Mr Villiers applied to stay the wife’s claims, challenging the jurisdiction of the English Court on the basis of Articles 12 (Lis Pendens) and 13 (Related Actions) of the Council Regulation (EC) No. 4/2009 (incorporated into our domestic legislation via the Civil Jurisdiction and Judgment (Maintenance) Regulations 2011) “The Maintenance Regulation”.
His appeal had several grounds. His core argument was that if a couple is divorcing in one part of the UK it was wrong for maintenance and finances between them to be decided in a different part of the UK and that, if one party wished to seek maintenance from a court in one part of the UK with a divorce taking place in another, the court dealing with the maintenance application should be able to suspend or stay its proceedings on the basis it would be more appropriate for the other court, dealing with the divorce, to deal with maintenance as well.
Whilst the EU Maintenance Regulation prevented a court, dealing with maintenance, from deciding not to deal with the case on the ground it was the less appropriate forum ‘forum non conveniens’ in comparison with a court in another non-UK country, the question was whether EU law required the UK to take the same approach to jurisdiction disputes within the UK and/or whether the “first past the post” regime applied intra-state.
Mr Villiers argued that when domestic law was changed in 2011 (when the Maintenance Regulation came into force) the Courts retained a residual power to stay proceedings in favour of those in another part of the UK. If he failed on that ground, he argued that the 2011 Regulations were ultra vires and that the Civil Jurisdiction and Judgments (Maintenance) Regulations 2011 (in particular Schedule 6) was/were unlawfully made.
Specifically to the facts of this case, he also argued:
By a bare majority the Supreme Court dismissed Mr Villiers’ appeal Villiers v Villiers  UKSC 30.
The essential components of the majority decision are as follows:
It was in respect of the ‘related action’ point that Lord Wilson and Lady Hale in the Supreme Court disagreed. Lord Wilson’s concern was that the majority decision would result in an “untrammelled license [being] given to a wife to go forum-shopping, in other words, to put her husband at an initial disadvantage unrelated to the merits of the case.” He also felt that this case would open up the prospect of the court in one part of the UK dealing with maintenance, but a court in another part of the UK dealing with, for example, jointly owned property. This would only serve to increase fees and add to delay. In fact, Lord Wilson thought it logical that the applications should be heard together and that it was practically possible to do so by consolidating the proceedings in the court first seized.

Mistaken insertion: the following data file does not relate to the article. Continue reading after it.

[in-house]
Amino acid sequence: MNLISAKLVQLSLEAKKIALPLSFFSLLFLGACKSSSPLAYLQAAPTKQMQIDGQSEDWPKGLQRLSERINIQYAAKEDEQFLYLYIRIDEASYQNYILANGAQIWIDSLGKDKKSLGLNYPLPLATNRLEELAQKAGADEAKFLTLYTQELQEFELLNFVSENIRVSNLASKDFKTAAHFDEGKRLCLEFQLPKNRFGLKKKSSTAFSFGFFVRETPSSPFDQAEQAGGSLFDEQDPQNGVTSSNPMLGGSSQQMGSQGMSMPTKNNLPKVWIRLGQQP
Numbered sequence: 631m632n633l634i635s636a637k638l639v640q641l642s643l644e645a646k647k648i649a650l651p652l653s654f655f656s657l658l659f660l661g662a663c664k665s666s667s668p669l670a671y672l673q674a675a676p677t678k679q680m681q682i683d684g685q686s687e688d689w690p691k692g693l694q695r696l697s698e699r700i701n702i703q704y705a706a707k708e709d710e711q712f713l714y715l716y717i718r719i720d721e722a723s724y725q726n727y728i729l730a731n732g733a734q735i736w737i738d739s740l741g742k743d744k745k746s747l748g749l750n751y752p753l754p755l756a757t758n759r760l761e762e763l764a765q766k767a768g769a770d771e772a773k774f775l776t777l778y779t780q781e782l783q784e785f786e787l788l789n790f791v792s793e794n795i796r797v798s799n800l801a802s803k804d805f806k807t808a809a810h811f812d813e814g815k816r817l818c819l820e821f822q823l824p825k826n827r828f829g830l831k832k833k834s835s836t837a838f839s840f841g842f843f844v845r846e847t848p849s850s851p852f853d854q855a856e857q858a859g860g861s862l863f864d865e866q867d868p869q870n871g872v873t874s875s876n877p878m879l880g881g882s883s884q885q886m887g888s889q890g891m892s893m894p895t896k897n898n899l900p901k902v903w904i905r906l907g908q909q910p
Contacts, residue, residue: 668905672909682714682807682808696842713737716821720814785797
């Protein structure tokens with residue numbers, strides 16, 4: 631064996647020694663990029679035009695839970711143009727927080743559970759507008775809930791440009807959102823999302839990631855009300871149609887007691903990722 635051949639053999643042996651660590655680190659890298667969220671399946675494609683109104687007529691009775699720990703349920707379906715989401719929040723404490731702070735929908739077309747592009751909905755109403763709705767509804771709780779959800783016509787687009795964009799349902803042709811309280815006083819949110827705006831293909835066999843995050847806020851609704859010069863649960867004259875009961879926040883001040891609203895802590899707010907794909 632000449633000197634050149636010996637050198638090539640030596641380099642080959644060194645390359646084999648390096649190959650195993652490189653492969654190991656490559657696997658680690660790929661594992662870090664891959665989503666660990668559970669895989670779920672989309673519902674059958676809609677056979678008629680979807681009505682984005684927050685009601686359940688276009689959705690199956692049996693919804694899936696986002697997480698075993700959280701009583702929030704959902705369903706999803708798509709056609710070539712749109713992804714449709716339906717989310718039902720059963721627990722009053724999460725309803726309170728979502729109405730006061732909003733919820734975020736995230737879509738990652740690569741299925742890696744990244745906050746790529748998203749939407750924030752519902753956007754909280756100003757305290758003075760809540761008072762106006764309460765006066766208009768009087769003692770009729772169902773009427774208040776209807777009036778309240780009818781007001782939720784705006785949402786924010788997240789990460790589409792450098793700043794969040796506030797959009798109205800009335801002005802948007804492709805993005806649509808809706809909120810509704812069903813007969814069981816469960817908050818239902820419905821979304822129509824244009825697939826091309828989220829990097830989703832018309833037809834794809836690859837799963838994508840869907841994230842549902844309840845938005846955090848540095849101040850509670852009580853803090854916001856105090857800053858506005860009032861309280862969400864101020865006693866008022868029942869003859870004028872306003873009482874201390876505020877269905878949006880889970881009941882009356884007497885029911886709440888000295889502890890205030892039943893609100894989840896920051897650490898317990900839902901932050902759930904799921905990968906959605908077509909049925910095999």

Impact of 2021: Mr Justice Mostyn’s judgment and Brexit
As confirmed in the recent judgement, the outcome intended by Lord Wilson has been achieved by Brexit. Under Article 67 of the Withdrawal Agreement, Brussels IIa and the Maintenance Regulation no longer apply in the UK and the forum (non) conveniens rule has returned and subject to any effect of joining the Lugano Convention, the licence to Mrs Villiers et al to ‘forum shop’ will be curtailed. The English court will have discretion to impose a stay, if there are other proceedings concerning the marriage in another country, if it considers it is in the balance of fairness to do so. In a 2021 version of Villiers the fact that proceedings were taking place in Scotland, may well have meant that Mr Villiers would have secured his stay.
In order to bring an application under Section 27 now, either party needs to be domiciled in England, the applicant needs to have been habitually resident in England for one year preceding the application or the respondent needs to be English resident. This change will restrict the availability of Section 27 for those who have only just alighted the train from Glasgow to London (that is even if there were allowed to travel in lockdown) and one would be subject to what many English consider to be a ‘less generous’ regime on divorce in Scotland under which for example gifts and inheritances (a “chimera” or otherwise) are not up to be shared.
Mr Justice Mostyn is of the opinion that, with the benefit of hindsight, Mrs Villiers was always destined to fail and the Sheriff Court of Dumbarton could have (and should have) been allowed to with financial matters.